Veterans make sacrifices that other people do not, but they also qualify for some benefits that are only available to former servicemembers. One of them is the Veterans Pension, and in this post, we will share information about the new 2022 rates for the different classifications.
Length of Service Requirements
The Veterans Pension is not to be confused with the retirement pension that servicemembers become eligible for after 20 years of duty. This pension is available to some veterans that are 65 years of age or older, and younger permanently and totally disabled veterans can qualify as well.
If you are a veteran and your active duty started prior to September 8, 1980, the length of service requirement is 90 days of active duty with at least a day served during a time of war.
The requirement is 24 months or the completion of the tour for those that joined after this date, and there is the one-day wartime service stipulation.
The VA Veterans Pension is designed for people that have some level of financial need, so there are asset and income limits. If your income exceeds the limit, you are not necessarily precluded from eligibility. You may still be eligible for a reduced benefit depending on your income level.
There is also a net worth limit, but it does not include the value of your home and one motor vehicle. In 2022, this limit is $138,489. If you are married, this figure includes your spouse’s assets, and their income is also counted.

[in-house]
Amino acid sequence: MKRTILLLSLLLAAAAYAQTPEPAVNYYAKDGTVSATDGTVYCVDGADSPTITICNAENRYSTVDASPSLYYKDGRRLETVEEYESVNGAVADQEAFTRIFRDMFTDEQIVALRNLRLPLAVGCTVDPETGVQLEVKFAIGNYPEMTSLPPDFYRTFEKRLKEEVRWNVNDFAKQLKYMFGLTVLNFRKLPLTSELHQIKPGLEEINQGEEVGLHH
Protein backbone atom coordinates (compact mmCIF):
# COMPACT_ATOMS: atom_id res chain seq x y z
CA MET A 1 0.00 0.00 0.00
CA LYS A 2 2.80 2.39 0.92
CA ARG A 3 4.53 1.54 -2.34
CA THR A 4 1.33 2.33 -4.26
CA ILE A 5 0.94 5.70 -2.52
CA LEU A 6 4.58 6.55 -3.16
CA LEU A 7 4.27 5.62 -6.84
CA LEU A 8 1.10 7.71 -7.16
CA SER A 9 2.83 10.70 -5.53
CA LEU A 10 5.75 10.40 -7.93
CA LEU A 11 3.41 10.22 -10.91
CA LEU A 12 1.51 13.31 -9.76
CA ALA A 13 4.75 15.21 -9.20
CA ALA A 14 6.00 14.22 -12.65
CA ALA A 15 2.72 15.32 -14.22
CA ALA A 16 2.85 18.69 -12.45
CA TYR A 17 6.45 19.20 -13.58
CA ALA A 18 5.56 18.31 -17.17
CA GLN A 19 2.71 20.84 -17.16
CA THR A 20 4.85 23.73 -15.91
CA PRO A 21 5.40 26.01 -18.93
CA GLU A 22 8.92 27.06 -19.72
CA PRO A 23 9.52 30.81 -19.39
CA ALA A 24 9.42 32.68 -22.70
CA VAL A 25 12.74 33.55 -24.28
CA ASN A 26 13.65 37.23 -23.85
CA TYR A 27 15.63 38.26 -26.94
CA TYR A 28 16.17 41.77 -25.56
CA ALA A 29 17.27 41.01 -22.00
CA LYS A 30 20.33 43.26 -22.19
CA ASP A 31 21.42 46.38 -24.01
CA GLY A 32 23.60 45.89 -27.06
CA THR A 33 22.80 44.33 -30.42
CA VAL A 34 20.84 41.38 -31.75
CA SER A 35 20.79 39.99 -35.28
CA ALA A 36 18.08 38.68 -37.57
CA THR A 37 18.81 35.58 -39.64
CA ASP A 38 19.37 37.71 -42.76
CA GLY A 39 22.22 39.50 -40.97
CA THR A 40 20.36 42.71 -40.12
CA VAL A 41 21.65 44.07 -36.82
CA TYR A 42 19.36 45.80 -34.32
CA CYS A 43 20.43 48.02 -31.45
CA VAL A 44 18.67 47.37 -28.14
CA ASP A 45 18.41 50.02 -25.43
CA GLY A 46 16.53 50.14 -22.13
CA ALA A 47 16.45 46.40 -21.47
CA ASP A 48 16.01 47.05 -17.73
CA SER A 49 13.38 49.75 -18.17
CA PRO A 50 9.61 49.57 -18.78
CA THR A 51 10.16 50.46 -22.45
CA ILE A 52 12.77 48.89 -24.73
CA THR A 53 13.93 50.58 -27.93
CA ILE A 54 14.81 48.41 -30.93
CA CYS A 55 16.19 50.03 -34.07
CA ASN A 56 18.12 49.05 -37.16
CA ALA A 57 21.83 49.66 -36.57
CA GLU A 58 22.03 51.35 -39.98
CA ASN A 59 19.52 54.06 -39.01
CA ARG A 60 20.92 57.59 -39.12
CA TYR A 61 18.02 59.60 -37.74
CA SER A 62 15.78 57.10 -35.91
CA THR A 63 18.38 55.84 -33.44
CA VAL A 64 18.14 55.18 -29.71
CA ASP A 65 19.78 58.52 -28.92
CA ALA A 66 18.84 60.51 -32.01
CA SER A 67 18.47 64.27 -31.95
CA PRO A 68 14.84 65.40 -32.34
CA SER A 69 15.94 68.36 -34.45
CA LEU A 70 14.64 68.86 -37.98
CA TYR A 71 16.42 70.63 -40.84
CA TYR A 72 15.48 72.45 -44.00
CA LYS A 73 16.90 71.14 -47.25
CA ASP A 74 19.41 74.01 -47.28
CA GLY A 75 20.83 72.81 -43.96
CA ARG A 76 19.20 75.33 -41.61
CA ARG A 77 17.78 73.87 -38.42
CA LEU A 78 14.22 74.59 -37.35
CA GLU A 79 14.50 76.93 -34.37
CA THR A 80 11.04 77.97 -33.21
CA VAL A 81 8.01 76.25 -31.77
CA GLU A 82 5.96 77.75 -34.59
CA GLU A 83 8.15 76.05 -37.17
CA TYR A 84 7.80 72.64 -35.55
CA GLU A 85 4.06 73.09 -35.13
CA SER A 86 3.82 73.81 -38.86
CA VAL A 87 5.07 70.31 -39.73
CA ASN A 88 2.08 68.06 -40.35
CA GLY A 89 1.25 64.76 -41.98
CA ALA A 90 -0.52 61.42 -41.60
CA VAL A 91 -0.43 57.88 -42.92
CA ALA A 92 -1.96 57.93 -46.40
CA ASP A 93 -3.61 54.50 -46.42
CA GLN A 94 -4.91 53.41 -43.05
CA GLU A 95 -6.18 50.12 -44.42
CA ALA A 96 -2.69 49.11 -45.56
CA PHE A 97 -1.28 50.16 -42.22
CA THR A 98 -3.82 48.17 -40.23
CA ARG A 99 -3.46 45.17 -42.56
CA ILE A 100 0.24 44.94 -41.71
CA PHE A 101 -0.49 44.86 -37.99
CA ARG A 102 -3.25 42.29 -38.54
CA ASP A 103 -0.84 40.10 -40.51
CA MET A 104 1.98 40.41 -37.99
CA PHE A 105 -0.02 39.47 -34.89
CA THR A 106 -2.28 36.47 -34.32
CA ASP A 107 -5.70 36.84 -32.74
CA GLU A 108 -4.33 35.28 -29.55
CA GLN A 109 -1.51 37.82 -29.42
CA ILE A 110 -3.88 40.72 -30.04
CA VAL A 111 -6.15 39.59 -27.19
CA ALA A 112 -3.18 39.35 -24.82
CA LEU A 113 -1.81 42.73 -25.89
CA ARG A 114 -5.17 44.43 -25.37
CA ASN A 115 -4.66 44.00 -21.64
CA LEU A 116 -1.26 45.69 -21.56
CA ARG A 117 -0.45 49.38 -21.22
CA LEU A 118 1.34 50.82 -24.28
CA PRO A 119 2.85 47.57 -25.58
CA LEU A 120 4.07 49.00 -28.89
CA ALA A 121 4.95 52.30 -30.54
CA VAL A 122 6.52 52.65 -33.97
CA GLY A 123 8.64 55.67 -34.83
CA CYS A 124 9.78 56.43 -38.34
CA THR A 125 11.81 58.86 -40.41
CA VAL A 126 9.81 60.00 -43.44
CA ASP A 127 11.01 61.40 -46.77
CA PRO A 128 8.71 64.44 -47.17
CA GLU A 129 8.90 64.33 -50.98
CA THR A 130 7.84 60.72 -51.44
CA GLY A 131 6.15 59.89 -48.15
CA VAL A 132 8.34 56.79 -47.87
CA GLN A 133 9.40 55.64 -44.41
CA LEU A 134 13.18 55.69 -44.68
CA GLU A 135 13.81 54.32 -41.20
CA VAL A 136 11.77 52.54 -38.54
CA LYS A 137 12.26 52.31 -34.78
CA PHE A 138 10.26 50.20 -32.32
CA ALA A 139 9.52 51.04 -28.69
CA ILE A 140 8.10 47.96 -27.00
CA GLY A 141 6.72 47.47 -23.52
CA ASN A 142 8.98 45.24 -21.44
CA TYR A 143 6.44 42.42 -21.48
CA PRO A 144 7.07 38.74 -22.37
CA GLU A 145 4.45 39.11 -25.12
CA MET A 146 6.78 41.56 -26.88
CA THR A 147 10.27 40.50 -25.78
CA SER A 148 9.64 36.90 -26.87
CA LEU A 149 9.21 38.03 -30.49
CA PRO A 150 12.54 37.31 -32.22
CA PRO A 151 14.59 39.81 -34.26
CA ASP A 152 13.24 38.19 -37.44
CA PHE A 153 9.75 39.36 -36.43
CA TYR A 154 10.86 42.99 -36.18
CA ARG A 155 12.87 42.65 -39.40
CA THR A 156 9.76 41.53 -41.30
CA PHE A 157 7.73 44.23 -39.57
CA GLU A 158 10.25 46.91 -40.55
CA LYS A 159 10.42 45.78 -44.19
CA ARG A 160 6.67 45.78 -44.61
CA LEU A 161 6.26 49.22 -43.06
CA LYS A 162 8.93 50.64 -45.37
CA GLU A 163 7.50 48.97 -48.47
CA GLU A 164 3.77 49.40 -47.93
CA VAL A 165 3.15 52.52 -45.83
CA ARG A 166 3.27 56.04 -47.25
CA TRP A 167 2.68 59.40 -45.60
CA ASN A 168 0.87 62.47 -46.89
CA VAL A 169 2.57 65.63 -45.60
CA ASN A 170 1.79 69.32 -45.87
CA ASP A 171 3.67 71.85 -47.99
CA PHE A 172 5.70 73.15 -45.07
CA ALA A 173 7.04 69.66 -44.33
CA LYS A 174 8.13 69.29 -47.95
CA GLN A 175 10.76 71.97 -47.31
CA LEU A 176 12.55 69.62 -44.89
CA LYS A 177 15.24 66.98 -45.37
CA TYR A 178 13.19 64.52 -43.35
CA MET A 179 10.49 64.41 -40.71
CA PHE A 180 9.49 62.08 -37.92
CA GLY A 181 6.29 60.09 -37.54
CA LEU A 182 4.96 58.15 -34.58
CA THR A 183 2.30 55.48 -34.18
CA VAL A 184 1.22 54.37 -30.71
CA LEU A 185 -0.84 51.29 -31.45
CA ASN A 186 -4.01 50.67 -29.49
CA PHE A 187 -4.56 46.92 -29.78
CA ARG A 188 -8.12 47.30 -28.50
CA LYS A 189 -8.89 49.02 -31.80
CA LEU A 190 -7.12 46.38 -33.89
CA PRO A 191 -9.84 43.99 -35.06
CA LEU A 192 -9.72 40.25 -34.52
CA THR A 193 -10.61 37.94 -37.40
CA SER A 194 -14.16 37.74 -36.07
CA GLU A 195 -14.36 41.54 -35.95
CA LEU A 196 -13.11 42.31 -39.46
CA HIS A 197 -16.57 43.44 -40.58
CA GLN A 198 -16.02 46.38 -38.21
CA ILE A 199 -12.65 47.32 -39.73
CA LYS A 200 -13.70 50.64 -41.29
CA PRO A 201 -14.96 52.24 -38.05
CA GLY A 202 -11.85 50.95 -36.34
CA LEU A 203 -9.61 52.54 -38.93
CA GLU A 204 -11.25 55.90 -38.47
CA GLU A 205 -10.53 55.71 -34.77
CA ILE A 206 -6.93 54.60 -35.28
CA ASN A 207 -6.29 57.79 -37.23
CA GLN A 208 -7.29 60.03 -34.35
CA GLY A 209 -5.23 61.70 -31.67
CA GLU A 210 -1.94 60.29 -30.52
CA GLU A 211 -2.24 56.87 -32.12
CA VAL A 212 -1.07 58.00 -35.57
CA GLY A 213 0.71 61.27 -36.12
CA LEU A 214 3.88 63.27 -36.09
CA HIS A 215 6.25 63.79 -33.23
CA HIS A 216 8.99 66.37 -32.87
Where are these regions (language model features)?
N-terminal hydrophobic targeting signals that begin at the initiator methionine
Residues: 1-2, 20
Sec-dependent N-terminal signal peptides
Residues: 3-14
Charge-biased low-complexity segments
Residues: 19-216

Prior to October of 2018, there was no specified limit; determinations were made on a case-by-case basis. At that time, a three-year look back period was established as well.
The VA will look at your financial history going back three years looking for divestitures at less than fair market value. If you violated the look back, your eligibility will be delayed.
Before the look back period was implemented, someone could give gifts to their loved ones today and qualify for the Veterans Pension right away, so this was a significant change.
2022 Veterans Pension Rates
There are three different designations that fall under the umbrella of the Veterans Pension. The standard variety is for veterans that are not disabled. There is a Housebound designation that is self-explanatory. The Aid and Attendance version is for veterans that need help with their day-to-day needs.
A single veteran that is eligible for the standard Veterans Pension can receive up to $14,753 if they have no dependents. If there is one dependent, the figure rises to $19,300. It goes up by $2523 for each additional dependent.
For single veterans that are eligible for the Housebound Benefit, the top annual benefit is $18,029. An eligible former servicemember with one dependent can receive as much as $22,596, and the same $2523 is added for each additional dependent.
The max Aid and Attendance benefit for a single vet is $24,610 in 2022. It goes up to $29,175 when there is one dependent, and the there is no difference in the amount that is tacked on for each dependent.
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